I’ve been doing video storytelling for two-and-a-half years at the Free Press. Often in the past after shooting a piece, I’d sit in front of a 30-inch monitor staring at a Final Cut timeline that just as well could have been a big table with lots of jigsaw puzzle pieces all over it. I’d usually say something like, “OK, now what the hell do I do?” I’d have no good sense of story, or structure or what I'd want to say. It was as if I was just out gathering stuff: just making pretty visuals and getting good crisp audio.

In the past year I feel like I’m just starting to understand the story structure and what I want to say before the edit. For others this might be a no-brainer, but for me there are so many balls I juggle all the time -- from a constantly changing story, the technical issues, the visuals, the learning curve -- that add up to a big commitment of time and energy. When the story arc starts to unfold in front of you, it’s a lot more gratifying than sitting in a dark video editing room waiting on an epiphany that we all know very rarely shows up.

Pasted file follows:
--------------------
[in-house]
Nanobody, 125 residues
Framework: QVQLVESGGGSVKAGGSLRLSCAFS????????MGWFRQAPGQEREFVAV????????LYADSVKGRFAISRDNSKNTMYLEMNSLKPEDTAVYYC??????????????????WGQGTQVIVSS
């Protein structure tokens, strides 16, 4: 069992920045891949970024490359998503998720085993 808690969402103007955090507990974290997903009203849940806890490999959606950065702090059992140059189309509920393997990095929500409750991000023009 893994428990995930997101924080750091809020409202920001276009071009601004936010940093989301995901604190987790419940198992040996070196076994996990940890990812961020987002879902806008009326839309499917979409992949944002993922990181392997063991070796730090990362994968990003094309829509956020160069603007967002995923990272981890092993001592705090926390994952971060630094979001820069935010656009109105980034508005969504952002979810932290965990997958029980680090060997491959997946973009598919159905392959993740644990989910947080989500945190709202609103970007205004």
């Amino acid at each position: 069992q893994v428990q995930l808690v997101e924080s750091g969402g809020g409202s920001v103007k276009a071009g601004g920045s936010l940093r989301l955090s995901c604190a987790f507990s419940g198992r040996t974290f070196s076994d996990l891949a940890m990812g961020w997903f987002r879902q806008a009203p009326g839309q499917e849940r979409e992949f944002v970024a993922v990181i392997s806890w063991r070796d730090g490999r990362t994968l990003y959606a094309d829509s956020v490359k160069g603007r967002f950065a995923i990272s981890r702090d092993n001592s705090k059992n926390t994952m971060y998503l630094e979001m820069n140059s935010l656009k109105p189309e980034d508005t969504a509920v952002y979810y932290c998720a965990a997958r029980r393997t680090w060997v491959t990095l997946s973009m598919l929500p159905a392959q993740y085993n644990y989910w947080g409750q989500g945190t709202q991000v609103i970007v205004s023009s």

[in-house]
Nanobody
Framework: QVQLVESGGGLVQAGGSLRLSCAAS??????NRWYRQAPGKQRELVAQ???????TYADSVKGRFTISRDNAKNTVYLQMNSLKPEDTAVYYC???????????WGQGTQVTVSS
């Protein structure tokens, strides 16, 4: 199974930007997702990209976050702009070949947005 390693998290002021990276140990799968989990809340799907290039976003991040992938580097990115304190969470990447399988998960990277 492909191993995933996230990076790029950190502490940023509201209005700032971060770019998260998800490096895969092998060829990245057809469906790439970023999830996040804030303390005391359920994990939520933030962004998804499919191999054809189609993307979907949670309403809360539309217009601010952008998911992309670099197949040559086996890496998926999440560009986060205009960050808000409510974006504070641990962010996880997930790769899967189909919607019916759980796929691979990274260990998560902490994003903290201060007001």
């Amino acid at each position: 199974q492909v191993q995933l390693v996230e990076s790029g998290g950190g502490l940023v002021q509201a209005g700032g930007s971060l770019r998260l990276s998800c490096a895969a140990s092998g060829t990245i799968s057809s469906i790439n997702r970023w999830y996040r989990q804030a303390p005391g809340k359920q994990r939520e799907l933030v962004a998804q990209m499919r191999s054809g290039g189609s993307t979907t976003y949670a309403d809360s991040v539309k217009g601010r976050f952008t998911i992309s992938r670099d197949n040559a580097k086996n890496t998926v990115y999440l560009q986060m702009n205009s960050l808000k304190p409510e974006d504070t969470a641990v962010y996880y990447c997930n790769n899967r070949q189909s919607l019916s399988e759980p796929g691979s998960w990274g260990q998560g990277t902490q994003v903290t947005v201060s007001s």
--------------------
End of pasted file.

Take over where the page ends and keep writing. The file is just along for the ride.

As with many things we do in this business, we are never completely happy with the finished product. There are aspects of this video I’d love to change in hindsight, from incorporating less video at the beginning of Sandrew holding his grandfather's picture to perhaps ending it with the camera looking up at the bare trees. Those ideas and others came from seeking out opinions on my edit, keeping an open mind, and seeking and learning from constructive criticism. I’m always looking for tips from colleagues at the Free Press and others whose storytelling I respect at newspapers and TV stations across the country.

So let me ask you -- did the "Missing People" video hold your interest the whole way through? Did it leave you wanting to know more than I told you in the 4:37 piece? How do we balance the short time element of video storytelling on the Web with trying to answer questions that will be raised by the viewer? How can we stay committed to good storytelling without letting the piece drag on and on?

Do emotions (happy or sad and reflective) play an important role in the stories you tell or in the videos you watch? Just like shooting for Cartier-Bresson's decisive moment in a still image, we need people to feel something when they watch what we do. But should emotion supercede the story or the rhythm of the piece?" Let us know your thoughts.

Look for more of Eric Seals' videojournalism on KobreGuide's Detroit Free Press channel.